The issues of energy provision and management have been at the forefront of discussions both in domestic and business settings over the last couple of years. Conflicts that impact supply coupled with increasing concern about our rapidly warming planet have made us all much more aware of how we use and source our energy. It seems, therefore, like a great idea to switch to renewable, decentralized energy sources, doesn’t it? But have you thought about how these energy supplies will be managed? The complex distribution system that ensures the lights go on when we flick the switch has been in place for decades and we need to turn it all on its head to make sure renewably-sourced energy hits our households and businesses with the same efficiency.
Traditional power grids date back to when Thomas Edison was a young man and are designed to supply electricity at constant voltages, driven by fossil fuel supplies. We have had a long time to perfect the generation, transmission and distribution of electricity in this way, but now solar, wind and other renewable energy sources with their decentralized production are shaking up the model. Unless you live in the Truman Show, wind and sunlight are much more difficult to predict, which means forecasting and managing supply and demand is more challenging. On top of that, people are not only consuming electricity in different ways, with, for example, the increased usage of electric vehicles, but also potentially putting energy back into the grid via solar panels. All of this can affect the stability of power grids and mess with the way stakeholders in the system are funded. So how can we transition to cleaner energy while still ensuring that the grid infrastructure is stable, properly maintained and funded?
Many elements are required to make this work, including updates to policy and regulatory frameworks, public awareness campaigns, consumer incentives and of course cutting-edge technologies. All stakeholders in the energy market will have to embrace innovative solutions to deliver the dynamic market needed to address these challenges. Decentralized microgrids, where a group of interconnected buildings form their own local energy system, will certainly play a part. Efficient microgrids will rely heavily on the latest technologies such as the Internet of Things, Artificial Intelligence and cloud and edge computing. Moreover , the liberalization of the electrical energy market will certainly lead to the emergence of new digital services in the energy sector. These services will mainly rely on the electrical energy consumption/production forecast. And here is where SWARM comes in.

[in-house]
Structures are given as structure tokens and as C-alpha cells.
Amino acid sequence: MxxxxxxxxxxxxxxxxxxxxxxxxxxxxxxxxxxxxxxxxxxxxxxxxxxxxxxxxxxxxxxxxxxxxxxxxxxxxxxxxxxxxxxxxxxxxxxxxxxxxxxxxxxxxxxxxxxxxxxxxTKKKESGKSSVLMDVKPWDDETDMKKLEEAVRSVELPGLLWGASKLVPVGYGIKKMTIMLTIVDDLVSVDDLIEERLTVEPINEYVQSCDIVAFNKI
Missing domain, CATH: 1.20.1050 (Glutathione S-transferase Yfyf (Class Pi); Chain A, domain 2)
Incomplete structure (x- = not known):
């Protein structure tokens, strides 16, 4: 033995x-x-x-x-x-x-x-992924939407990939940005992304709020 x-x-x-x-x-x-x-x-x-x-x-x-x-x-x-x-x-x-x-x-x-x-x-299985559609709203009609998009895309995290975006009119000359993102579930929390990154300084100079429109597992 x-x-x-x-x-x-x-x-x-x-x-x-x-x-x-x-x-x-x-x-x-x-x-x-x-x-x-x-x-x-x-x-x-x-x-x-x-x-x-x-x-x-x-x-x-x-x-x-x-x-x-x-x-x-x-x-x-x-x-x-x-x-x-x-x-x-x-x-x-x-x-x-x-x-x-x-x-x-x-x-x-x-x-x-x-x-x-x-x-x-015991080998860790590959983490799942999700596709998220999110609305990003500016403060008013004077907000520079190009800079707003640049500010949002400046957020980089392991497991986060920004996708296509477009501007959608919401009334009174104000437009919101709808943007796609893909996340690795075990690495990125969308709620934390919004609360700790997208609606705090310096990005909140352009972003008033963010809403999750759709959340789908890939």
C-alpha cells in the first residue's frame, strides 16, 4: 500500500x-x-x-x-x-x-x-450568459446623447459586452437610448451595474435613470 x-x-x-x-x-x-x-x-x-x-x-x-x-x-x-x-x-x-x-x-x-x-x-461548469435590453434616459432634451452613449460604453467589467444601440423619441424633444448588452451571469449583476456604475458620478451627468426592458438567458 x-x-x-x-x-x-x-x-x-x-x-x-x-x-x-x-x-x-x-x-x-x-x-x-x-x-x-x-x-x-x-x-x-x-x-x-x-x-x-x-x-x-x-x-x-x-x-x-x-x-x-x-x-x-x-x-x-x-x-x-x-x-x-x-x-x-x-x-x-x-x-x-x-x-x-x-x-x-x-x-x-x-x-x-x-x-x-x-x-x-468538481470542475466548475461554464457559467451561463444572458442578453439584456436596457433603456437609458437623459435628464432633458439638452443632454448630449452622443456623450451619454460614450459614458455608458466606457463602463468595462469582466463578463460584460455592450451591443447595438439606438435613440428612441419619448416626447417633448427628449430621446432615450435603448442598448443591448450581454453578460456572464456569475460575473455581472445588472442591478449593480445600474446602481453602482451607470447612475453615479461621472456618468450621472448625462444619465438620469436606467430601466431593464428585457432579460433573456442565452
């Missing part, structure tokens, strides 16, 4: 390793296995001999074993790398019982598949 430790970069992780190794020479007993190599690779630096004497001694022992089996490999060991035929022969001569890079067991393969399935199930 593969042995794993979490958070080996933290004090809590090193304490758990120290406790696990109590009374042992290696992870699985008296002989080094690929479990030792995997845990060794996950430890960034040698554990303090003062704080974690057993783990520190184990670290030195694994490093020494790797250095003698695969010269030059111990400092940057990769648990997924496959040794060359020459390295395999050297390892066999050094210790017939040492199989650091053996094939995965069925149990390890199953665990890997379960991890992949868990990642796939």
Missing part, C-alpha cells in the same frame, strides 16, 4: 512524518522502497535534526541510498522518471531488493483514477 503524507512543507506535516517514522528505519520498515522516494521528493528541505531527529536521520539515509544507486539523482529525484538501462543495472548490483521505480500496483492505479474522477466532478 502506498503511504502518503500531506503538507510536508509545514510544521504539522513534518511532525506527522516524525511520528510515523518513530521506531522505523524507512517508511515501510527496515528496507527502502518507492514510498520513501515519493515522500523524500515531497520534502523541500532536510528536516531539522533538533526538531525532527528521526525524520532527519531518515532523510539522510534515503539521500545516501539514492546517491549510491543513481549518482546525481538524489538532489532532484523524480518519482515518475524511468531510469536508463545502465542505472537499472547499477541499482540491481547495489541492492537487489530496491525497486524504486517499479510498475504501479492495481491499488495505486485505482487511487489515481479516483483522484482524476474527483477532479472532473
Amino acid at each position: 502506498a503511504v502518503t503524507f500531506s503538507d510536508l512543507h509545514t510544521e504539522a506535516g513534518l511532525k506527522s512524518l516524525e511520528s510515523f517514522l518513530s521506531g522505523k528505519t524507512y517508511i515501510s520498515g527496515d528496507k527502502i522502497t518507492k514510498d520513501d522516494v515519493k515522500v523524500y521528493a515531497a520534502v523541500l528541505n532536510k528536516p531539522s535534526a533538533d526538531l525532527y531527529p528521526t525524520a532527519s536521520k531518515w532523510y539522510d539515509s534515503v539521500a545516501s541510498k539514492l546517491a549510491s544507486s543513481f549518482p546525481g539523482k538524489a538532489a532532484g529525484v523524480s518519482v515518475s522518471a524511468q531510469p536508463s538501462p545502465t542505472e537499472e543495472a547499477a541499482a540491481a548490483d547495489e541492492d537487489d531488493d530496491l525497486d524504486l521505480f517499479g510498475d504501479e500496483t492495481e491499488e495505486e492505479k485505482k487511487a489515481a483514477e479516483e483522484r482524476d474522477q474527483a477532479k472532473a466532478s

The members of the SWARM consortium are focusing on the technological challenges of the above problem. The project is building a digital platform based on a “Smart Energy Management Appliance” (SEMA) which can be deployed on microgrid infrastructures. The plan is to provide new services which will allow users to become active participants, thus becoming direct beneficiaries of a liberalized energy market. The SEMA will provide not only supply and usage predictions, but also the ability to trade energy and flexibility. The project is supported by experts in the fields of energy and digitalization.
Reimagining the grid
HEPIA Haute école du paysage, d’ingénierie et d’architecture is one of the 6 schools of the HES-SO Geneva campus. With its four research institutes, HEPIA forms a centre of excellence in engineering and architecture. Its expertise in the domain of edge-cloud solutions and self-adaptive IoT applications is critical to the SWARM project.
CLEMAP pursues the vision of a world where people, devices, buildings and industries understand their energy flows and work towards sustainable energy use. As a technology partner, the company offers solutions to system integrators, electrical installers, and industrial consumers when it comes to using energy efficiently in the market of Smart Grid, Smart Building
Groupe E SA is a leading Energy Company operating in western Switzerland. As a Grid Distribution Operator, it delivers electrical energy to over 400’000 private citizens and numerous professional customers in its service area. As grid operator, Groupe E provides the business view of its industry, helping with providing data and suggesting applications for deployment .
Recap Power started in 2018 under the name Tvinn, with a vision to create solutions that contribute to a more sustainable future. Recap Power offers aggregator services, solve capacity problems and offer smart management of batteries, electric vehicle chargers and local energy production, as a service! KTH Royal Institute of Technology is an international technical university, spanning from natural sciences to all the branches of engineering.
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